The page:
Now this is the best part of the day, there is normally a pooja again after which we can go light the diyas. Ma reads a story from a very old book. This book belonged to my grandfather and is so old that it’s yellow in colour and so brittle that it’s falling to pieces and don’t even get me started on that handwriting! Its all written in old Kannada and yet Ma reads it flawlessly! She thinks about writing it all out again before the book actually falls apart but so far every year has been a false alarm. I’m actually going to miss it when she gets around to doing it. The story she reads is about the rituals we follow during Deepavali and why its important. It’s one of the most beautiful stories I’ve heard and even though I’ve heard it year after year I never tire of it. Once she’s read it she ties the nopi thread around each of our wrists.

Now these nopi threads are different from the normal threads you get outside every temple. They are only available in a handful of colours and they bleed on contact with water. So of course, we are picky about the colours we want. The threads also have a gold cylinder threaded into them, these are reused every year and we all have one which is ours and insist on just that one being threaded on. These nopi threads stay on all through Deepavali and my hand actually feels quite weird once its removed.

After the thread drama there is the lighting the diyas drama. You see, there are two parts to lighting the diyas. Step one: Fill diyas with oil and put the wick in. Step two: light the diya. Step one is boring and not to forget quite messy and hence, neither the sister nor I want to do it. Cue fight. Until Ma intervenes and manages a compromise. Diya lighting is my most favourite part of Deepavali. There’s nothing quite as beautiful as watching your house all lit up and beautiful. Year on year, its the same house, more or less the same pattern but ever beautiful.

As kids we used to play with crackers but not anymore. I gave up on crackers twice. As a kid I was very fond of the sparklers, flower-pots and chakras. I always had a love hate relationship with those gun cracker things. Every year I’d see other kids playing with it and be tempted into playing with one myself, sometimes it went okay, other times I ended up hurting my hand and swearing off it until the next year. Anyway, as I said I was very fond of flower-pots. When I was about eight, and lighting a flower-pot, it suddenly burst like a bomb. Fortunately, I wasn’t hurt but needless to say I was traumatised and couldn’t stop crying. Even watching my little sister have fun while playing with crackers was not enough to change my mind. Taking a pledge to not burst crackers the next year at school ensured my abstinence from fireworks but pretty soon I was back to bursting crackers. It was only when we got a dog and I watched the poor thing shake in fright that I swore off crackers for good. The pleasure I derive from bursting a cracker is no where close to the pain that these poor animals go through. It’s just not worth it.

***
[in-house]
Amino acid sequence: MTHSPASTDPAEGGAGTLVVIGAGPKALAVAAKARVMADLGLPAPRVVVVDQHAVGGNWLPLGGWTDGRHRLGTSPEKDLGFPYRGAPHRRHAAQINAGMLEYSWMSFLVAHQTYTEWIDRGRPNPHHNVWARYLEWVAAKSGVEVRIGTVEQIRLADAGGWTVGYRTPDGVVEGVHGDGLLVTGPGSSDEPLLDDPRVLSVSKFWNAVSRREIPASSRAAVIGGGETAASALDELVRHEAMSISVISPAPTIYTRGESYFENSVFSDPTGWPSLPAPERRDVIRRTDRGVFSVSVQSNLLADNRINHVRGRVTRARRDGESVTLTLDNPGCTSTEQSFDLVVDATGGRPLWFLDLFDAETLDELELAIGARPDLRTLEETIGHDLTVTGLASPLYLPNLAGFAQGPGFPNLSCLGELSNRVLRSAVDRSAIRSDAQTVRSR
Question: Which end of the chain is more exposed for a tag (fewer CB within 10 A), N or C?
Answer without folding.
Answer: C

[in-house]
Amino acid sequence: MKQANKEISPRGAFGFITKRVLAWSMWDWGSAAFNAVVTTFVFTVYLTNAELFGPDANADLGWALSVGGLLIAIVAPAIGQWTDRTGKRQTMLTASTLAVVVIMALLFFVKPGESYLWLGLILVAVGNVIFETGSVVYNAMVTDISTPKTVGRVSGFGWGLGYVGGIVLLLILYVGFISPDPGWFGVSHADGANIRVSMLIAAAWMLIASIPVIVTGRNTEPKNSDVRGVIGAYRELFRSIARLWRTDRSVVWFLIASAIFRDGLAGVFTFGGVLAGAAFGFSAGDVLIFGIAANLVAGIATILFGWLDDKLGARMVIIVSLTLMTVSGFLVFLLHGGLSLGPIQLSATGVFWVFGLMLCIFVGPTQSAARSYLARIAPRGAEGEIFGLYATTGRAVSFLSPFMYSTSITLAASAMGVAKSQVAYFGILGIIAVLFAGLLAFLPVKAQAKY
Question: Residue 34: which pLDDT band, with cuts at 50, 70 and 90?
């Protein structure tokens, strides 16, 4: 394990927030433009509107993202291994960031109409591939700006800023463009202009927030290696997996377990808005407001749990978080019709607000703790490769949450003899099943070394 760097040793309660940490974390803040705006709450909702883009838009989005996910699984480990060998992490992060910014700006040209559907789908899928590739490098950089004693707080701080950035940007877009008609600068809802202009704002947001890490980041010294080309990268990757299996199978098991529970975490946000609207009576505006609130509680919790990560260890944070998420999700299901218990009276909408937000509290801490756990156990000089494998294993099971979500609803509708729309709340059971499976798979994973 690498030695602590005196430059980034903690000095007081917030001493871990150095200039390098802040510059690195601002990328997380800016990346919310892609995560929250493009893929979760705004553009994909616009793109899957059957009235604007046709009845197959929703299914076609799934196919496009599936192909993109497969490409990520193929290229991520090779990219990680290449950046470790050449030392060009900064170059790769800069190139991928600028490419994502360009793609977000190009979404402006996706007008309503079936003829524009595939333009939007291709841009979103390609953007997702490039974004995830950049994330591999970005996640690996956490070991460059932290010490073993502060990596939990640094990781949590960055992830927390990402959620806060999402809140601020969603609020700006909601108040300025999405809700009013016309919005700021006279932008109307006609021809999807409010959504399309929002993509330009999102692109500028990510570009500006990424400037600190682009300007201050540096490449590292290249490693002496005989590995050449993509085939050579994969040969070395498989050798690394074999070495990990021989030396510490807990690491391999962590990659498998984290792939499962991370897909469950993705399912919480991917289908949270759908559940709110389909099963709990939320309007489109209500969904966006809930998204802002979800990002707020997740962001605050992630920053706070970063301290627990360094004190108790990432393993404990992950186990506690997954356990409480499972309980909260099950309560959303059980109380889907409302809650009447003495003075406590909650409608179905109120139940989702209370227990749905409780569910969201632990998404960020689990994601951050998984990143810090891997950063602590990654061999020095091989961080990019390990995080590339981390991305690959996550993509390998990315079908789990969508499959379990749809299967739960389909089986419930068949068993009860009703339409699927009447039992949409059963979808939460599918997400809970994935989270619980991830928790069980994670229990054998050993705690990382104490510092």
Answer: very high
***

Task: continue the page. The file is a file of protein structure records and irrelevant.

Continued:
One of the best parts of Deepavali is the oil bath. Traditionally, on the first day of Deepavali, you massage your entire body with oil and take a hot water bath. In my house, we have an additional tradition of drawing on the bathroom walls after massaging the oil and waiting for the water to heat up. We had a traditional fireplace and the water used to get heated up from the fire we made from the coconut husks in our front yard. Both the sister and I got half of the bathroom walls to draw on and it made us feel like artists. We drew diyas, flower-pots, rockets, chakras and everything else associated with the festival. Poor Ma who had to clean it all up later. This is all part of the Ganga pooja where you worship water.

It’s been three years since I’ve celebrated Deepavali at home and while I miss the noise and the general exuberance during the festival, I miss the little things more. Of course, I try to celebrate a tiny part of Deepavali by lighting candles in my room but I still miss the general brilliance of my house. I guess it is one of those festivals which you have to be home to really celebrate.

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My tiny Deepavali

Happy Deepavali to you all!! May the festival of lights bring new light into your life and fill it with brilliance.